Social media has proven to be a minefield for companies and many notable public figures. Now a notorious Mexican cartel is becoming well acquainted with the risks built into the use of the medium following the recent furor around social media postings by children of Knights Templar boss Enrique Plancarte.
Siblings Melissa and Kike Plancarte, who are both aspiring pop stars, have provoked outrage after posting photos of themselves wearing symbols associated with the notorious criminal organization on Instagram and Facebook. The controversy boiled over after it was discovered that the siblings were hired by the state government of Michoacán, the embattled center of Knights Templar power, to perform at a public fair in 2012. The revelation that state authorities had given Melissa Plancarte, who goes by the stage name “The Princess of Banda,” permission to film a music video in a historic government building has only added to the uproar.
The outrage comes at a good time for anti-cartel vigilante groups which have been waging a fierce battle against crime syndicates– and the Knights Templar in particular– using, among other weapons, social media. Though it’s clear that a certain cultural glamorization has existed around cartels in Mexico, the nature and force of the backlash against the Plancarte siblings suggests that the vigilante groups have quite a bit going in their favor as they attempt to turn the tide against the cartels in their PR battle.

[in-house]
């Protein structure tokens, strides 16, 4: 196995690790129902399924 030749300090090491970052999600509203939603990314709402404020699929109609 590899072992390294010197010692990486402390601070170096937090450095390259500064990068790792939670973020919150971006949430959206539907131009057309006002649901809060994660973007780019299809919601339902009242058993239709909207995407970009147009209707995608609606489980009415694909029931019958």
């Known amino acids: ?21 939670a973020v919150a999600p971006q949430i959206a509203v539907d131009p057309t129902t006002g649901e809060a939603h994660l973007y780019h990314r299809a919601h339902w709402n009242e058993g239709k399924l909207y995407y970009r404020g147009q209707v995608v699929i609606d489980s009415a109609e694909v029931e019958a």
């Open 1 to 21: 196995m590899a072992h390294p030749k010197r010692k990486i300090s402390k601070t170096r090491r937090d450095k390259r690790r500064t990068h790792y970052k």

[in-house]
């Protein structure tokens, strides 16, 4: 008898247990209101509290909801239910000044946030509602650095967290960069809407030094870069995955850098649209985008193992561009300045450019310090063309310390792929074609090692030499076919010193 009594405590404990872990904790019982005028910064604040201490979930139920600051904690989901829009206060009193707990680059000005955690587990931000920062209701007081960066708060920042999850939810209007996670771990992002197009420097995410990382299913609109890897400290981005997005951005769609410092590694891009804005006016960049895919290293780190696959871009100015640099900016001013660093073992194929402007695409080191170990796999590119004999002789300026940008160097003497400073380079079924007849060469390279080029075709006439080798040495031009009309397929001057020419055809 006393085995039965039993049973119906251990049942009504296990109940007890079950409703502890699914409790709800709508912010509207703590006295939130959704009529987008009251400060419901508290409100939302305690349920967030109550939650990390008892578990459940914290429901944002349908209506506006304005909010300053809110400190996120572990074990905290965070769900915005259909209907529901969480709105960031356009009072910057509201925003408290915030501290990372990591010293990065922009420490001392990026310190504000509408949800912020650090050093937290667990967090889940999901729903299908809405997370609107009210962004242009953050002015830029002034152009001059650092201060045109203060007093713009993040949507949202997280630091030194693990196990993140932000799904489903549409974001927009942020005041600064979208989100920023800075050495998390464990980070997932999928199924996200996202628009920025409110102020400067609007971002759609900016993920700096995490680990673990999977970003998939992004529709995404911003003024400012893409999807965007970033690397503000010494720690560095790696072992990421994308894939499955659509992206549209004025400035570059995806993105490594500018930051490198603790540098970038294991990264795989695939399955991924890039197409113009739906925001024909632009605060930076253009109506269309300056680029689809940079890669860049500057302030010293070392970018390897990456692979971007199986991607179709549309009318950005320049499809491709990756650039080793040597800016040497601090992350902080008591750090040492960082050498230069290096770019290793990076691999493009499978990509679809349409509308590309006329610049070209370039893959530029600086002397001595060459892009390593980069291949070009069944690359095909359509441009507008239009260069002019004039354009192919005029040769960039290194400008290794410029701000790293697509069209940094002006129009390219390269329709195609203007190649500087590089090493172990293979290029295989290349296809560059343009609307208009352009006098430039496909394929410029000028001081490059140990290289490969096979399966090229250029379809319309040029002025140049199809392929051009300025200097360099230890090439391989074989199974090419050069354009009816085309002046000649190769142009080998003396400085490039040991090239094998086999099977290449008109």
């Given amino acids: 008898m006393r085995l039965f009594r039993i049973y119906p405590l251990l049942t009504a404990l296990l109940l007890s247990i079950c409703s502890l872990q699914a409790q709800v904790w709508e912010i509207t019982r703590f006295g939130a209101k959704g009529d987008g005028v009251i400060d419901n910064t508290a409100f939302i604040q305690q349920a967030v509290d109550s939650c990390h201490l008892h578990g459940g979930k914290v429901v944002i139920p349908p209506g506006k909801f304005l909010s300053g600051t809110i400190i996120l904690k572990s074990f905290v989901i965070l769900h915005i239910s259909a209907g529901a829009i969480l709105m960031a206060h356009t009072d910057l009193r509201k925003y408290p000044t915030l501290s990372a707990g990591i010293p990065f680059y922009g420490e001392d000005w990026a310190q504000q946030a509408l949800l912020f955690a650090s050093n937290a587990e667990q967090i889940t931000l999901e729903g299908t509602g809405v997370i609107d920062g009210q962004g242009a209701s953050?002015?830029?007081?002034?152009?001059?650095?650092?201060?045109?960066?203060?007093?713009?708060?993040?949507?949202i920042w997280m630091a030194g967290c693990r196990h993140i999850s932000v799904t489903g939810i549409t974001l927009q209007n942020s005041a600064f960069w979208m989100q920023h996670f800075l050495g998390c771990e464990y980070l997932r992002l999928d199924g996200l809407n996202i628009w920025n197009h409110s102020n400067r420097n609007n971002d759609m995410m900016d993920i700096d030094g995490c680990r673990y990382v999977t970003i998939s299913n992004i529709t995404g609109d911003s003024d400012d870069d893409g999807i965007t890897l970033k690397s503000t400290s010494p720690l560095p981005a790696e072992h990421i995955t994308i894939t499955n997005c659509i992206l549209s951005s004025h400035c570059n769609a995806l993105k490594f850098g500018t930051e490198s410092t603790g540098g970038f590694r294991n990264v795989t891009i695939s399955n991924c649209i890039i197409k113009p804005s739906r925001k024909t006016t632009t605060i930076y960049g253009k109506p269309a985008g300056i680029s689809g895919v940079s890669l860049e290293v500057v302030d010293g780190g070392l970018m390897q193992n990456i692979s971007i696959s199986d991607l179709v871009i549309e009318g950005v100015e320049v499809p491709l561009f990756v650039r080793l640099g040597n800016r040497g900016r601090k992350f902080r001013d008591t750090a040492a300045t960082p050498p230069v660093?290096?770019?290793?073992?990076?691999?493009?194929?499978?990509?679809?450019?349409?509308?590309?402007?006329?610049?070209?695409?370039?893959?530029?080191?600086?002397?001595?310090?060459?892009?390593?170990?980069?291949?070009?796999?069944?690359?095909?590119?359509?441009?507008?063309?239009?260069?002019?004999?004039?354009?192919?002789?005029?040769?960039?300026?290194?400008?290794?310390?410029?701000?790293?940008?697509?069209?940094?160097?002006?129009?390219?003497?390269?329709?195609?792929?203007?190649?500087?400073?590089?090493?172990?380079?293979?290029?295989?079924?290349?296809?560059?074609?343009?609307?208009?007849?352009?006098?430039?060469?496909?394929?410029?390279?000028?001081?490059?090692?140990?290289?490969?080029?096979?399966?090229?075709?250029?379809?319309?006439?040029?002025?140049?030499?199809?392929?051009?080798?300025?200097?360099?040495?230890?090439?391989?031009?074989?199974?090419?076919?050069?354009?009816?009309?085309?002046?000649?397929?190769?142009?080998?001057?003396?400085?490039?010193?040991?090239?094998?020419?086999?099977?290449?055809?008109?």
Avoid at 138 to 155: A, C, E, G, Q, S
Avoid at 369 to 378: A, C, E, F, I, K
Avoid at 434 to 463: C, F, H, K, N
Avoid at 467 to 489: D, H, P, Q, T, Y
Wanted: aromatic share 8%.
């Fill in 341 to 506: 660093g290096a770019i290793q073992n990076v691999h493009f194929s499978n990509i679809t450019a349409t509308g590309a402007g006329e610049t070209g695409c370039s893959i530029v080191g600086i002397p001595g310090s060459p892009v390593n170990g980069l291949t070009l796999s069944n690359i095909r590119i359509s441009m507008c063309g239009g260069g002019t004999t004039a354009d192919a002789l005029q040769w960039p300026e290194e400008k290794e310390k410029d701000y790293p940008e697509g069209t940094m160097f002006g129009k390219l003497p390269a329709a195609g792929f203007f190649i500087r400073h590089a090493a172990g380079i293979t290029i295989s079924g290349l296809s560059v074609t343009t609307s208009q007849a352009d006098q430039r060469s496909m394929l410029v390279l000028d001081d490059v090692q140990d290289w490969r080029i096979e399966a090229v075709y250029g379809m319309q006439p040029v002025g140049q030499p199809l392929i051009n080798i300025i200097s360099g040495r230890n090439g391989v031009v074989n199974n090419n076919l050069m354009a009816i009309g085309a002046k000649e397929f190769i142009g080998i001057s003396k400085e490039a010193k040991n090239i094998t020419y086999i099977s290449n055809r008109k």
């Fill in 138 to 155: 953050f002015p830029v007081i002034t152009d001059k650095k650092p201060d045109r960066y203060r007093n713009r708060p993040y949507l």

And following the quasi-legalization of vigilante militias by Mexico’s national government earlier this week, it appears that these groups have some political momentum behind them as well. The agreement to allow vigilante leaders to incorporate their groups into governmental military units also came on the same day that another Knights Templar boss was captured by Mexican security forces. Both developments were rare bright spots in the otherwise daunting cartel quandary for the Mexican government. But, with the Plancarte controversy offering a potent reminder of the links that exist between government and the powerful crime groups, the hope that more substantive anti-cartel efforts are on the way may be overly optimistic.